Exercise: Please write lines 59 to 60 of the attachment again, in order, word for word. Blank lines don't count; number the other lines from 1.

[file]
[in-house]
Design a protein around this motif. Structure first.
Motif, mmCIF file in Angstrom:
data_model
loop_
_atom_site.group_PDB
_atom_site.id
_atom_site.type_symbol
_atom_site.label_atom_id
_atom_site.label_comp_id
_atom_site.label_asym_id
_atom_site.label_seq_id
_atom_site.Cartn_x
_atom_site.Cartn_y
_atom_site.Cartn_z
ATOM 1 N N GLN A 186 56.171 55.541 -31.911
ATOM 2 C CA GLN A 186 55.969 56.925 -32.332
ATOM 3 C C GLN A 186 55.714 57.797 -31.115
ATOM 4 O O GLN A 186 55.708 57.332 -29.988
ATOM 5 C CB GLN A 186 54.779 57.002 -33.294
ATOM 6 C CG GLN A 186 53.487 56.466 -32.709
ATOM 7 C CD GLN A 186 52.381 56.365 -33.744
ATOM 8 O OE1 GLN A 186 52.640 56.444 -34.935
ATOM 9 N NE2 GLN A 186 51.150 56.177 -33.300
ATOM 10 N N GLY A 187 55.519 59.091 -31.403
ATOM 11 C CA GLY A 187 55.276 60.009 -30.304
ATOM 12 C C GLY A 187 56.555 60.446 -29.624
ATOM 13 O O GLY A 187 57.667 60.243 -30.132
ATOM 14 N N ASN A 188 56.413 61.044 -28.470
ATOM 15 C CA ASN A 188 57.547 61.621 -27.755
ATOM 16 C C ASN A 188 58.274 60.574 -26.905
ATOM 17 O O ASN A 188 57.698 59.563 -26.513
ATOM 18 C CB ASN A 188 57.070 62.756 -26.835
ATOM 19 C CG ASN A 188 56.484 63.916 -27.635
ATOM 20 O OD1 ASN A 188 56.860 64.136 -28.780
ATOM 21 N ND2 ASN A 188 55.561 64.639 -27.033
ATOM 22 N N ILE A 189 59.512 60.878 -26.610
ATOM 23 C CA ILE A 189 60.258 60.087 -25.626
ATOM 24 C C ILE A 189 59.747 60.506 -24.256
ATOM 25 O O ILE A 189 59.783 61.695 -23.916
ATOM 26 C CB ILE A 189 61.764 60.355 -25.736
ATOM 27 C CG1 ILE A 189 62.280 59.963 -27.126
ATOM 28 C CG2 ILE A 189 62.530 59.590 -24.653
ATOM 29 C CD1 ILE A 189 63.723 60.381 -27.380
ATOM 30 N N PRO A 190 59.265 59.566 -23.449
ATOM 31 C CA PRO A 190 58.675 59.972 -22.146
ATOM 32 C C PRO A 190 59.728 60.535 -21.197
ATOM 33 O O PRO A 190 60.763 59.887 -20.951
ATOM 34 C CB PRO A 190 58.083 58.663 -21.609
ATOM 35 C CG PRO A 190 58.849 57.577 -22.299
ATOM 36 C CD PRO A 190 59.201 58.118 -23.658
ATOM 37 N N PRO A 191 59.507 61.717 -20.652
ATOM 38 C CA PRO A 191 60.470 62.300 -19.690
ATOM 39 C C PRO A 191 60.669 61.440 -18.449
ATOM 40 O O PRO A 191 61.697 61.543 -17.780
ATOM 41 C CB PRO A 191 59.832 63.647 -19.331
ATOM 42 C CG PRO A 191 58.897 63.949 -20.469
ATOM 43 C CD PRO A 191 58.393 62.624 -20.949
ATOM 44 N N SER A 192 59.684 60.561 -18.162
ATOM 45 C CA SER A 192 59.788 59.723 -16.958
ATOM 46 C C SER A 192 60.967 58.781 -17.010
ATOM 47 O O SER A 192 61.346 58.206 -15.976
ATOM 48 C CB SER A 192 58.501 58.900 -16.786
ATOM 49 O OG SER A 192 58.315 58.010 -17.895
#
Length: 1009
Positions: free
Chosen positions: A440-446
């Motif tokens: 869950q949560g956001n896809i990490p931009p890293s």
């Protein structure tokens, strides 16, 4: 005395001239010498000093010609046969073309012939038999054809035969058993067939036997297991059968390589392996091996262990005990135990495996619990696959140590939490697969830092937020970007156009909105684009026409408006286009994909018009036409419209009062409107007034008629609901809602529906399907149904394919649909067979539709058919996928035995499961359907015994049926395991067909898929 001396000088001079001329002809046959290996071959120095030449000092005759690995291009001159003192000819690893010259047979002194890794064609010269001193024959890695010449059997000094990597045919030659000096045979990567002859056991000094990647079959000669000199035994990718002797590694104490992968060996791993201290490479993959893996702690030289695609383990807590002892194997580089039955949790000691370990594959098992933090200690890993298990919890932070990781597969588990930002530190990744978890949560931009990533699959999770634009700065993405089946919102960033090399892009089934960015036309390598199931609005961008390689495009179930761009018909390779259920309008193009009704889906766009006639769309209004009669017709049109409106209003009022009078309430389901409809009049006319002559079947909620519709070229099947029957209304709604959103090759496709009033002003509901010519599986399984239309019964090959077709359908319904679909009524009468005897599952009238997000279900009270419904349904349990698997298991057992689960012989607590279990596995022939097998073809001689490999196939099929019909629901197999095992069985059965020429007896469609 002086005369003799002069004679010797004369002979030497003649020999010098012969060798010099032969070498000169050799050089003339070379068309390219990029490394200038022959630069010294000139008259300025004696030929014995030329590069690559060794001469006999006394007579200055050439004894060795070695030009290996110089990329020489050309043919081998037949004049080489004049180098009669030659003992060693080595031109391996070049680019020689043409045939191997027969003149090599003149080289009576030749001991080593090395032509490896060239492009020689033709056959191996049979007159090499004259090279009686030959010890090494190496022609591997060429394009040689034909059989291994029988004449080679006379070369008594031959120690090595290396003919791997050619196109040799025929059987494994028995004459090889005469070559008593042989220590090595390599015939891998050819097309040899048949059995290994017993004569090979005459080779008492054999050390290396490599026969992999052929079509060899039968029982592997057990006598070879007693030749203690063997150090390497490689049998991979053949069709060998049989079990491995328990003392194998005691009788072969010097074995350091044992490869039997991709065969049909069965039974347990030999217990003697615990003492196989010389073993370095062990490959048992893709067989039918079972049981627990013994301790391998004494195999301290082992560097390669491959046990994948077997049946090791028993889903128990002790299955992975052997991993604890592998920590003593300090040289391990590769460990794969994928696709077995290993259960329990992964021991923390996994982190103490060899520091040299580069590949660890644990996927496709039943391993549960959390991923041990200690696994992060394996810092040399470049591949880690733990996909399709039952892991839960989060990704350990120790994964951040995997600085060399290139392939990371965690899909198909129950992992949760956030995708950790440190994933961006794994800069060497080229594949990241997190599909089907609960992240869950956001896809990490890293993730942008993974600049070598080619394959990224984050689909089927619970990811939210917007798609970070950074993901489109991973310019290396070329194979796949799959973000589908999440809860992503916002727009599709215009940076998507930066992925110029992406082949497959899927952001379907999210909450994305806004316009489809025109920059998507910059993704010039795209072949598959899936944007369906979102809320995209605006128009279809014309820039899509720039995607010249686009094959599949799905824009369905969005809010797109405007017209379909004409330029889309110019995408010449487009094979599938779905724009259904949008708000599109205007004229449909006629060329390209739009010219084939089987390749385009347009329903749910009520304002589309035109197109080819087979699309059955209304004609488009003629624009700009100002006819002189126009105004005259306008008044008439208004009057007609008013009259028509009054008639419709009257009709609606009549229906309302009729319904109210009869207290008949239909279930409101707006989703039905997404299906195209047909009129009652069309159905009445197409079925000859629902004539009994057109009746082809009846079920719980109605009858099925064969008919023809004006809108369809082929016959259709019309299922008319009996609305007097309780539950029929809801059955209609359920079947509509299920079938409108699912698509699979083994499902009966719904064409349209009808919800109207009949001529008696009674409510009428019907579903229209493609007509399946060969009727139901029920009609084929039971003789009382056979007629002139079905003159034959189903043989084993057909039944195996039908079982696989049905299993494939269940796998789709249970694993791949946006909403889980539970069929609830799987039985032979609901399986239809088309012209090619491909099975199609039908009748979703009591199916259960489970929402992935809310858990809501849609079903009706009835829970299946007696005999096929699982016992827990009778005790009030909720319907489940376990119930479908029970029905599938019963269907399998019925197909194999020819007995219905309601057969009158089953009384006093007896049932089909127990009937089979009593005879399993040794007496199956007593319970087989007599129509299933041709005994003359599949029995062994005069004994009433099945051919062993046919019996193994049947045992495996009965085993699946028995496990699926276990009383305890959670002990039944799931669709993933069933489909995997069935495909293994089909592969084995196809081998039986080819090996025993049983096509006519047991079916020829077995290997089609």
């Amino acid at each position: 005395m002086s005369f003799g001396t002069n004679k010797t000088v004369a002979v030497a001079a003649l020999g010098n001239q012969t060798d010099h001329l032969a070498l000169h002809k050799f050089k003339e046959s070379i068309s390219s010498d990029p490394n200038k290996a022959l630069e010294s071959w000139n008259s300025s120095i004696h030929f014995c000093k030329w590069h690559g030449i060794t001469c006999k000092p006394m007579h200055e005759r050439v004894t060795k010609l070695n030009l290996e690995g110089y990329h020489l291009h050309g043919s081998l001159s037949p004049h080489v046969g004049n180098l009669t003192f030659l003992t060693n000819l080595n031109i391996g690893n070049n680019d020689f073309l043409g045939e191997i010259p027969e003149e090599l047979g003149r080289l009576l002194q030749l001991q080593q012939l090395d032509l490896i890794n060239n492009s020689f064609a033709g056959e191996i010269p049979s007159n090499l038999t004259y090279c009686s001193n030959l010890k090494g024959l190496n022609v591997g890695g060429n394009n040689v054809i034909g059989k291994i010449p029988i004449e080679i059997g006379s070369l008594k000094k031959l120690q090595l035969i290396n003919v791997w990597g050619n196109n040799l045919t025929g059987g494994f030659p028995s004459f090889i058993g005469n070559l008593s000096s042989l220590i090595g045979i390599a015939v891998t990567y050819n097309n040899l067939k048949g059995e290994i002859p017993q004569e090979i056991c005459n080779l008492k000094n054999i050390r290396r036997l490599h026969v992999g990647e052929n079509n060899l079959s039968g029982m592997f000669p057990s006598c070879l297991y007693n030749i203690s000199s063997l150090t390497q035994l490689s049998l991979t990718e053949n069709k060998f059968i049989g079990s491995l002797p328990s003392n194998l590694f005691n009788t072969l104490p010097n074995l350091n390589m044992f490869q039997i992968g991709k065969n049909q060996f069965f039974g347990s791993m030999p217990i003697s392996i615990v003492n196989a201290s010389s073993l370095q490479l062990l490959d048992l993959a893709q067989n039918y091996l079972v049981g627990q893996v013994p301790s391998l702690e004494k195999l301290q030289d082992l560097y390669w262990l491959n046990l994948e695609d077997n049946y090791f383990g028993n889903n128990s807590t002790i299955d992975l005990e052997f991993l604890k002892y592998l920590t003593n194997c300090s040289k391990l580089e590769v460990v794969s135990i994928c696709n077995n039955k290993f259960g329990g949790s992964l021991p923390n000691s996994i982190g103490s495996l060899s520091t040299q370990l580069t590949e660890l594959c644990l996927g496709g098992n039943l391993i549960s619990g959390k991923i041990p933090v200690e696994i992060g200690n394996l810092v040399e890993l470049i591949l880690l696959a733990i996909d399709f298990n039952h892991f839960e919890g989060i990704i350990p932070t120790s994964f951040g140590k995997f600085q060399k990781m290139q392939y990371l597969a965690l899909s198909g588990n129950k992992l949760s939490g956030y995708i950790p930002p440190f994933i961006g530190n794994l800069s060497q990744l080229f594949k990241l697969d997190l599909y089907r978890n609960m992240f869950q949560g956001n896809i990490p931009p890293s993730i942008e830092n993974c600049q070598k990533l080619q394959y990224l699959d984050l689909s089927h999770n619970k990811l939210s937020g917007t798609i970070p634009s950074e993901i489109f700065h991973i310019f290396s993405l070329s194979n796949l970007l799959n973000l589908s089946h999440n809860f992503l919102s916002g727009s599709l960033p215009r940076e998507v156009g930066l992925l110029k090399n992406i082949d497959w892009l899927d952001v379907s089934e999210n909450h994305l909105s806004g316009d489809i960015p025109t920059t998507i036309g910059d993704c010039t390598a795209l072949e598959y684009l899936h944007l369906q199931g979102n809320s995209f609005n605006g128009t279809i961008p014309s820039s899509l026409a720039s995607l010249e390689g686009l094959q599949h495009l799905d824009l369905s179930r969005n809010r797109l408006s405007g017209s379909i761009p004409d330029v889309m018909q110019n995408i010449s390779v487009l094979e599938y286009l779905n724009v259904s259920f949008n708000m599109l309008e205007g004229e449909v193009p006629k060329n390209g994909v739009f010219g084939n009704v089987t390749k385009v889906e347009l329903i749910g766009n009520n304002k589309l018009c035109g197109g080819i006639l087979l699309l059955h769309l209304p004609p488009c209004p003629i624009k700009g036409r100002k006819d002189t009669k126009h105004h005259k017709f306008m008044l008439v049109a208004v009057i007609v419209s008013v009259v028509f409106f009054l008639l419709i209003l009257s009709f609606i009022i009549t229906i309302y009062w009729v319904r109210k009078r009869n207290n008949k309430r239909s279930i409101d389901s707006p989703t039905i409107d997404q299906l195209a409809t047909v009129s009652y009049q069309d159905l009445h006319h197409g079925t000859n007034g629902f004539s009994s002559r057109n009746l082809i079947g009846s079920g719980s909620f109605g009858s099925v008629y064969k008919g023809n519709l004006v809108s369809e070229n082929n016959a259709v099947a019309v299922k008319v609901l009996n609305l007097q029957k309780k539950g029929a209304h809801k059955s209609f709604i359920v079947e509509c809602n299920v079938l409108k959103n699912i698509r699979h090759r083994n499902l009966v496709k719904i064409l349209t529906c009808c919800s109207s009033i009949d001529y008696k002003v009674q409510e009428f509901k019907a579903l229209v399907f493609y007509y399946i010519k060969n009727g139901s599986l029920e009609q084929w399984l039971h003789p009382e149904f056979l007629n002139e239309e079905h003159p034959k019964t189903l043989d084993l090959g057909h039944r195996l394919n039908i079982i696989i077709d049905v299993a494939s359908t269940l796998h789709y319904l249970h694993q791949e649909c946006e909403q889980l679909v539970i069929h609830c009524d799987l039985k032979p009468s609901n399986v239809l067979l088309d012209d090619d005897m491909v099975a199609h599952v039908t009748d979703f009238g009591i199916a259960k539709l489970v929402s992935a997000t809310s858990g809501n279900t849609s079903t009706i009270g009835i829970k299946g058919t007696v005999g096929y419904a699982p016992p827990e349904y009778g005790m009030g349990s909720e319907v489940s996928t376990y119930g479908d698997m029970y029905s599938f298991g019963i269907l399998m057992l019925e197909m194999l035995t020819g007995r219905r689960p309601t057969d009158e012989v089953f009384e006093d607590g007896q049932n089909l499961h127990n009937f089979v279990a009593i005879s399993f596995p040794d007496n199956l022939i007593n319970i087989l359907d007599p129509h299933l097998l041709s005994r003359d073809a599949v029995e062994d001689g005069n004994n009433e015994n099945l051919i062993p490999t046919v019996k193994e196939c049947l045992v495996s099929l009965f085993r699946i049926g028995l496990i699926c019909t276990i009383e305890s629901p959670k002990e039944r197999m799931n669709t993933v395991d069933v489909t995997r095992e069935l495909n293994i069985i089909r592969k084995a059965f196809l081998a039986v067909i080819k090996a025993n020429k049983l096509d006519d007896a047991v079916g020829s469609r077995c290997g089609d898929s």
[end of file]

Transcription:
ATOM 44 N N SER A 192 59.684 60.561 -18.162
ATOM 45 C CA SER A 192 59.788 59.723 -16.958